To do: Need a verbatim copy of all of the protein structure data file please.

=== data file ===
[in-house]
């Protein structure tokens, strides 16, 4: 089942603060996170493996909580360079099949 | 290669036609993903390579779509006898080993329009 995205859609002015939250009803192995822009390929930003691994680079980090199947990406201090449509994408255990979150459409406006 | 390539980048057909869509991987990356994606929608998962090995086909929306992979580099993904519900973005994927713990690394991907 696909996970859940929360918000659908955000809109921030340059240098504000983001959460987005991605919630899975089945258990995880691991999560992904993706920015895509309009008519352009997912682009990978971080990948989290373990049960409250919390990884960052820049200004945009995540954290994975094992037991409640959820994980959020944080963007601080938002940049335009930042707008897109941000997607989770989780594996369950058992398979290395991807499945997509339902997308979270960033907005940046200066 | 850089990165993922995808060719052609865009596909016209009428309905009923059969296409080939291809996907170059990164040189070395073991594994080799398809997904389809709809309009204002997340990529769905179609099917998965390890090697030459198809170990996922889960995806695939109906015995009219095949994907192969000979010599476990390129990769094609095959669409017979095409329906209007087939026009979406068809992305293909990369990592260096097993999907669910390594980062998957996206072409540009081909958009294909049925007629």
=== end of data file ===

[in-house]
């Protein structure tokens, strides 16, 4: 089942603060996170493996909580360079099949 | 290669036609993903390579779509006898080993329009 995205859609002015939250009803192995822009390929930003691994680079980090199947990406201090449509994408255990979150459409406006 | 390539980048057909869509991987990356994606929608998962090995086909929306992979580099993904519900973005994927713990690394991907 696909996970859940929360918000659908955000809109921030340059240098504000983001959460987005991605919630899975089945258990995880691991999560992904993706920015895509309009008519352009997912682009990978971080990948989290373990049960409250919390990884960052820049200004945009995540954290994975094992037991409640959820994980959020944080963007601080938002940049335009930042707008897109941000997607989770989780594996369950058992398979290395991807499945997509339902997308979270960033907005940046200066 | 850089990165993922995808060719052609865009596909016209009428309905009923059969296409080939291809996907170059990164040189070395073991594994080799398809997904389809709809309009204002997340990529769905179609099917998965390890090697030459198809170990996922889960995806695939109906015995009219095949994907192969000979010599476990390129990769094609095959669409017979095409329906209007087939026009979406068809992305293909990369990592260096097993999907669910390594980062998957996206072409540009081909958009294909049925007629």